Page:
Ezras Avoseinu #11: Davening as Our Avos Davened

ועונה לעמו בעת שועם אליו

He answers His people when they call Him for help.

The following is quoted* from Rav Schwab on Prayer (pages 394-395):

The word “שועם–shav’am,” from which we get the word ישועה, is used in the sense of “calling for help.”

There is a statement in the Zohar HaKadosh (BaMidbarBalak 195) that when a person prepares himself for Shemoneh Esrei, he should imagine himself as poor and helpless.  In this connection, I would like to repeat the following thought, which I heard from my revered rebbe, HaRav Yerucham Levovitz, the Mirrer Mashgiach:

The Torah tells us that just prior to K’rias Yam Suf, “B’nei Yisrael were gripped with terror, and they cried out to Hashem (Sh’mos 14:10).”  Rashi (ibid.), quoting from the M’chilta, comments on this: תפשו אומנות אבותם – by engaging in tefilah, “they emulated the art of their Forefathers.”  They utilized the ancient Jewish “art form” of tefilah, which they had inherited from their Forefathers.  This “art” of tefilah was practiced by Avraham, who instituted tefilas Shacharis, followed by Yitzchak, who instituted tefilas Minchah, and then by Yaakov, who established tefilas Maariv.

But this quotation from the M’chilta begs the question: What connection is there between the ordinary daily devotional tefilos of our Forefathers, and the desperate cry of the Jewish people for salvation from the seemingly hopeless situation in which they found themselves at the Yam Suf?

My rebbe explained this as an example of הרי זה בא ללמד ונמצא למד.  By comparing the two, the Chachamim have shed light on the ordinary daily tefilos of our Avos.  They are describing to us how the Avos davened Shacharis, Minchah, and Maariv.  The Avos stood before HaKadosh Baruch Hu during their daily tefilos with the awareness that they were totally helpless without Him.  Were it not for chasdei Hashem, they would not be able to think, see, hear, talk, walk, or even live for another second.  No aspect of their lives would be possible.  They understood that without the will of HaKadosh Baruch Hu and without His chasadim, one’s daily existence would be as hopeless as the situation in which B’nei Yisrael found themselves at the Yam Suf.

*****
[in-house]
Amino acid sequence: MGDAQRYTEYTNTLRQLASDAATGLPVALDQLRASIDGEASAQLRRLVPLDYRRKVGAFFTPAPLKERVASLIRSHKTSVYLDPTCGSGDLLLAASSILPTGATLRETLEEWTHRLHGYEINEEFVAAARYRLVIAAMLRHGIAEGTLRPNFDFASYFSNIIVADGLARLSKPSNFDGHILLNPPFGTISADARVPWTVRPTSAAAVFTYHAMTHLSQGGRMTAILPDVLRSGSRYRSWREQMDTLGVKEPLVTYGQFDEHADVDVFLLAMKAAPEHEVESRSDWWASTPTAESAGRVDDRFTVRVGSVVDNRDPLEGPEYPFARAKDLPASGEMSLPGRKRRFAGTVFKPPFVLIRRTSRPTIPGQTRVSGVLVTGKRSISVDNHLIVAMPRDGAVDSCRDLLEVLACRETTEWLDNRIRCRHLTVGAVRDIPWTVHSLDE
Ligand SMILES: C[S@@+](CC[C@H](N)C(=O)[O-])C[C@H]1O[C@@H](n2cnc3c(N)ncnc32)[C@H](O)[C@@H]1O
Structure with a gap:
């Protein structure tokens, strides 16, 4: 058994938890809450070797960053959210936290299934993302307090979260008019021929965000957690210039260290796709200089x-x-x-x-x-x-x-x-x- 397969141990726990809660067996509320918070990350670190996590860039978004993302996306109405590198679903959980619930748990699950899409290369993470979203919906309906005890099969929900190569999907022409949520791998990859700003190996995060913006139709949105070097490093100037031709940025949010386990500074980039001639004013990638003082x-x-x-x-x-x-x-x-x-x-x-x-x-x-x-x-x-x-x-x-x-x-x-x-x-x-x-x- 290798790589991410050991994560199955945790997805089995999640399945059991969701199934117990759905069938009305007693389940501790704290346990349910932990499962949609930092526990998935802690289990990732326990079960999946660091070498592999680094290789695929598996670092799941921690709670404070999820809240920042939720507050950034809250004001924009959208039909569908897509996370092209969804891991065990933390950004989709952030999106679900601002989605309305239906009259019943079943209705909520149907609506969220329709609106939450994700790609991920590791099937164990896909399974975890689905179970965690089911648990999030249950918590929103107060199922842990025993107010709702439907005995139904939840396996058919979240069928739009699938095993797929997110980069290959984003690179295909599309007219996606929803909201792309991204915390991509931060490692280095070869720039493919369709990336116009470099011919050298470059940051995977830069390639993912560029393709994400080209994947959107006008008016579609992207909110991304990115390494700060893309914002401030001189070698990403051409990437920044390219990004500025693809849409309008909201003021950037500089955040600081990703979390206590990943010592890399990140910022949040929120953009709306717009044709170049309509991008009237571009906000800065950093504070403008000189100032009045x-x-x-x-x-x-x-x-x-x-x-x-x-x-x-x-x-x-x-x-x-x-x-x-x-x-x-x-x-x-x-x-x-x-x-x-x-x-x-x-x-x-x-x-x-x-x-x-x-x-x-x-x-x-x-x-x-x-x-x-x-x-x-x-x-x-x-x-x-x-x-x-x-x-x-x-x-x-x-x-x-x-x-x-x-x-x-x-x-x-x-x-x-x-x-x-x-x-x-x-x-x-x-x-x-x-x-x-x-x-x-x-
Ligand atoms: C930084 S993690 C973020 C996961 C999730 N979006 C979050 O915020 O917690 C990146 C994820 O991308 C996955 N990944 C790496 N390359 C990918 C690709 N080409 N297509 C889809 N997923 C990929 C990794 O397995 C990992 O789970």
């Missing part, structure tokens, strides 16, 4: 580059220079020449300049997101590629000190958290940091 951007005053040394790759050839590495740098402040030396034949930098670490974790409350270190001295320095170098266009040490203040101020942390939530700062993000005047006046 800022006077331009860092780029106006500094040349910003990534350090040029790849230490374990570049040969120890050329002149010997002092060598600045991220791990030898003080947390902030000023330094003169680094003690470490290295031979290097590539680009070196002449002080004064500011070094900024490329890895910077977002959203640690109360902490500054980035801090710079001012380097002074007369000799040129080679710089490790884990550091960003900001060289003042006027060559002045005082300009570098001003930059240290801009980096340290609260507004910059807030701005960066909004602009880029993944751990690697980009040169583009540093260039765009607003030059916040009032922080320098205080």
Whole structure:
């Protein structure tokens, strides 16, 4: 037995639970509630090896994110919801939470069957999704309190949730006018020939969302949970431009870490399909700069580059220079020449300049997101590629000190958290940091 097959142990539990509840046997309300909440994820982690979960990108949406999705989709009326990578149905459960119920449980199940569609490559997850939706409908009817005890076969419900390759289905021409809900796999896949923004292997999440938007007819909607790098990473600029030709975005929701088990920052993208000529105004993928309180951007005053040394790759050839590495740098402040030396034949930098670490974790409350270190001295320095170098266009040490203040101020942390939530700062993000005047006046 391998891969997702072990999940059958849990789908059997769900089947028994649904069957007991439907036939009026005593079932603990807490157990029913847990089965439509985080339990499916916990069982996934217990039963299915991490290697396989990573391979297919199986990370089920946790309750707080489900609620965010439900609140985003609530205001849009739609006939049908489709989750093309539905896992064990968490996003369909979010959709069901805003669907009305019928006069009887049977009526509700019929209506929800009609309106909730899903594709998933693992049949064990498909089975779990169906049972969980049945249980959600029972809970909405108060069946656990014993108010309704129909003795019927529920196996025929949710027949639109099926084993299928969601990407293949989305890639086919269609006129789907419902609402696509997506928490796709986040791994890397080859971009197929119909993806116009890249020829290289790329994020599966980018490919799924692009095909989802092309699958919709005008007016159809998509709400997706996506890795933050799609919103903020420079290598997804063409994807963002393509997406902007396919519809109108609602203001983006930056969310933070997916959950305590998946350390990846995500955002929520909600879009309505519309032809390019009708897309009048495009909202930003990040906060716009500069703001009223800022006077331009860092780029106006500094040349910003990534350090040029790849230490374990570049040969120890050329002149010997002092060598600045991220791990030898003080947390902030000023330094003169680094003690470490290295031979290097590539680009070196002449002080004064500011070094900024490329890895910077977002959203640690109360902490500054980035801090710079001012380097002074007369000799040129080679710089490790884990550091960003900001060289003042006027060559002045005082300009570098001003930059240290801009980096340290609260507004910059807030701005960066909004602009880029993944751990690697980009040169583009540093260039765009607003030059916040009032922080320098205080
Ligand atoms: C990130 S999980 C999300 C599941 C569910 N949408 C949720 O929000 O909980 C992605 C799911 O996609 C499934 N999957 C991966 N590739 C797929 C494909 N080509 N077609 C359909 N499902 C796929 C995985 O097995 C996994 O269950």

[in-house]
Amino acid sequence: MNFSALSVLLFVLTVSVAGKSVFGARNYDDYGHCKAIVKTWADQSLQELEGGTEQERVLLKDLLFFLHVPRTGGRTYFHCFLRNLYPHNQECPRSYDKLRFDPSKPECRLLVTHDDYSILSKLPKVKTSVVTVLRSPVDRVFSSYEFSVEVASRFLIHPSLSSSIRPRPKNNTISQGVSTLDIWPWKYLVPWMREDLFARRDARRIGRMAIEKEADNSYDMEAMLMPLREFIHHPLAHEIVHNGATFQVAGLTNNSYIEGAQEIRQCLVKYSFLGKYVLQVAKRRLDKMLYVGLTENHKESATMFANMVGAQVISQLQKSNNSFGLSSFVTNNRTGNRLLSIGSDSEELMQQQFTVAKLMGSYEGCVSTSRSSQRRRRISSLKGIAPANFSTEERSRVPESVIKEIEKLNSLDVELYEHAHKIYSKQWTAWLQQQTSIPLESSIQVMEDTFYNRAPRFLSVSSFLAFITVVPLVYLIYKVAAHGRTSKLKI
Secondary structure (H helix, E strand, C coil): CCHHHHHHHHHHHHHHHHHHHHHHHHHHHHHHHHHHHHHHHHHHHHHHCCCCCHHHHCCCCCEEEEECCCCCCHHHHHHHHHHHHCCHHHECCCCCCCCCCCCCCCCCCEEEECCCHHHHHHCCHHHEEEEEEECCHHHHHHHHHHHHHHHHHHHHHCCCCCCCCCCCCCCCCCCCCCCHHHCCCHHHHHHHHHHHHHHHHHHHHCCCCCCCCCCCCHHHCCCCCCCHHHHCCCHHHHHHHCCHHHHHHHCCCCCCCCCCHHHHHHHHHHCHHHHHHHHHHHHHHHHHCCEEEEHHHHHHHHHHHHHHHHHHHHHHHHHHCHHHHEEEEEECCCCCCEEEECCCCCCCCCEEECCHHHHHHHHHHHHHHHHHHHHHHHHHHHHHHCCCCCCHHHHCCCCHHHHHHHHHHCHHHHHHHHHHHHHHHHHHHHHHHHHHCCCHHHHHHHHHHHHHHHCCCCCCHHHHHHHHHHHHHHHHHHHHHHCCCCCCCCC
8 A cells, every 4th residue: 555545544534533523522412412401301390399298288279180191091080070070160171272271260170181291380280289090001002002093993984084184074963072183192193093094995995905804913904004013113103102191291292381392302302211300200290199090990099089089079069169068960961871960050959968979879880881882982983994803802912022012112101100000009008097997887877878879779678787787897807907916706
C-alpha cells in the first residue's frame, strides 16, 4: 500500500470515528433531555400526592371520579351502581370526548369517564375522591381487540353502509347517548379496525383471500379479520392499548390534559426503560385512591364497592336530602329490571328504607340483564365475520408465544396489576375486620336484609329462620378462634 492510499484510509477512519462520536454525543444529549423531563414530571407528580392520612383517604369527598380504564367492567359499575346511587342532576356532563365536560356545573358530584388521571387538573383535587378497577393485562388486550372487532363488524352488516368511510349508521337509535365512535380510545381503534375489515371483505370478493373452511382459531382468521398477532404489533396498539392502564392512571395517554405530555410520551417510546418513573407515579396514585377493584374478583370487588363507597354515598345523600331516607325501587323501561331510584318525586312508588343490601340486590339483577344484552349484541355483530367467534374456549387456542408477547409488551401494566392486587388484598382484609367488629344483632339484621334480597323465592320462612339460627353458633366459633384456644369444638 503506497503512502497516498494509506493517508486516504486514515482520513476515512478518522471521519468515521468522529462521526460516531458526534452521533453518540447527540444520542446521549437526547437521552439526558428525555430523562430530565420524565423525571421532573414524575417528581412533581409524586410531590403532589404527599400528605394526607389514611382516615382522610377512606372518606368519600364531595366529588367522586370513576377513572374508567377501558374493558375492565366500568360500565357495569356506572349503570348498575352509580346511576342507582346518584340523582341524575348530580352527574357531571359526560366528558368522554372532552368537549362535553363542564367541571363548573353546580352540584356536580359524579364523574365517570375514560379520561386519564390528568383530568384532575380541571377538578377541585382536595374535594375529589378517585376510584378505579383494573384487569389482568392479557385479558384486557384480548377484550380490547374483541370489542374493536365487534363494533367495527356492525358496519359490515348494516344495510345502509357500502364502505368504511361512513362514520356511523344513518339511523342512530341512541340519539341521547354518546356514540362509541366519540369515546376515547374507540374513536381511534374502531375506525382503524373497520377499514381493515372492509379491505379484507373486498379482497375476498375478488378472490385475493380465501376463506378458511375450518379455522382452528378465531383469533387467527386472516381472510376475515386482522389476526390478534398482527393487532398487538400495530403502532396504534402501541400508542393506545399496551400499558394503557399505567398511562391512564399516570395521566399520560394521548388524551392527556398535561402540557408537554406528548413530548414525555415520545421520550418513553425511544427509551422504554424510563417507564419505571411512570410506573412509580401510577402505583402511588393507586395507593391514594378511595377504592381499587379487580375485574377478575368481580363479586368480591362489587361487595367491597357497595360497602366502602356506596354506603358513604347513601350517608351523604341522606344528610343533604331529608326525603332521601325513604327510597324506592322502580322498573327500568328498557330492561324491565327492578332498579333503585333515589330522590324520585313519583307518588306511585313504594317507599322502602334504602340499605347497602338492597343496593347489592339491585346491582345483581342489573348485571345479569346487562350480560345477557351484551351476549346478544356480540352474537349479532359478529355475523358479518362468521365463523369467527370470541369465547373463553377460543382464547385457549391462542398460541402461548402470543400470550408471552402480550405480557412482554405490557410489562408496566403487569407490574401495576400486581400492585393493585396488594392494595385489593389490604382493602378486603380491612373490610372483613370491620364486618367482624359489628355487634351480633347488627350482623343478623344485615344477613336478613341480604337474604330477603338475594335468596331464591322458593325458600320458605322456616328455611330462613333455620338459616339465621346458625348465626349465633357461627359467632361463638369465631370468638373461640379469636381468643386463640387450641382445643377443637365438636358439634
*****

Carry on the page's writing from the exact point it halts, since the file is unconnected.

In times of their greatest despair, B’nei Yisrael emulated that which their Forefathers, Avraham, Yitzchak, and Yaakov, did in their ordinary daily tefilos, and which they wanted their offspring to follow.

Therefore, as we prepare ourselves for Shemoneh Esrei, we stand before HaKadosh Baruch Hu and concentrate on our total dependence on Him for our very existence.  We realize that without this, we are as helpless שפלים–sh’falim, as our forefathers were when they were confronted by the Egyptian גאים–gei’im, who still considered B’nei Yisrael as their slaves, אסירים–asirim – and during which confrontation we were ענוים–anavim and דלים–dalim, helpless and powerless to defend ourselves.  It is in this frame of mind that we, too, approach HaKadosh Baruch Hu and ask Him to answer our tefilos just as He answered our forefathers: ועונה לעמו בעת שועם אליו.

*The above is quoted from Rav Schwab on Prayer by Rabbi Shimon Schwab, with permission of the copyright holders, ArtScroll / Mesorah Publications, Ltd.

Integrating Mitzvos into Our Daily Lives

We are working on the mitzvah of Tefilah through these weekly segments.  The Chovos HaL’vavos encapsulates the purpose of tefilah with these powerful words:

כוונתנו בתפילה אינה כי אם כלות הנפש אל הא-לוהים וכניעתה לפניו

Our intent in tefilah is essentially nothing but longing for Hashem and humbling ourselves before Him, recognizing that we are totally dependent upon Him.

The last two words are what HaRav Schwab has discussed above.  We are completely powerless and helpless in every aspect of life without Hashem.  If we would deeply internalize this concept with clarity, then our tefilos would be like B’nei Yisrael at K’rias Yam Suf and like our Avos daily.

Understanding translation of words, pronouncing words properly, and grouping words properly are all important.  However, while all are necessary, when we look at the actual purpose of tefilah, we can see that, by far, most important of all, is to recognize and feel deeply that we are standing directly before our Creator, Master, and loving Father, upon whom we are totally dependent.  If we were to only focus on preciseness of how we recite the words but would be missing awareness and heart, our tefilos would be like a lifeless body without spirit.  We would be missing the ikar (primary purpose) of tefilah.

How can we work to achieve the purpose of tefilah – having greater heart and connection during our tefilos?  One certain way is to personalize our tefilos.  We have written about this before, so we won’t delve into detail now.  Suffice it to say that each and every one of us standing before Hashem in Shemoneh Esrei has a combination of huge and small needs: needs for ourselves, our families, friends, communities, and klal Yisrael.  Hashem grants us the daily privilege and opportunity to cry out (crying out can mean in our hearts and minds) to Him for our needs, and at the same time gifts us the ability to come closer to Him as a result.  How sweet is that?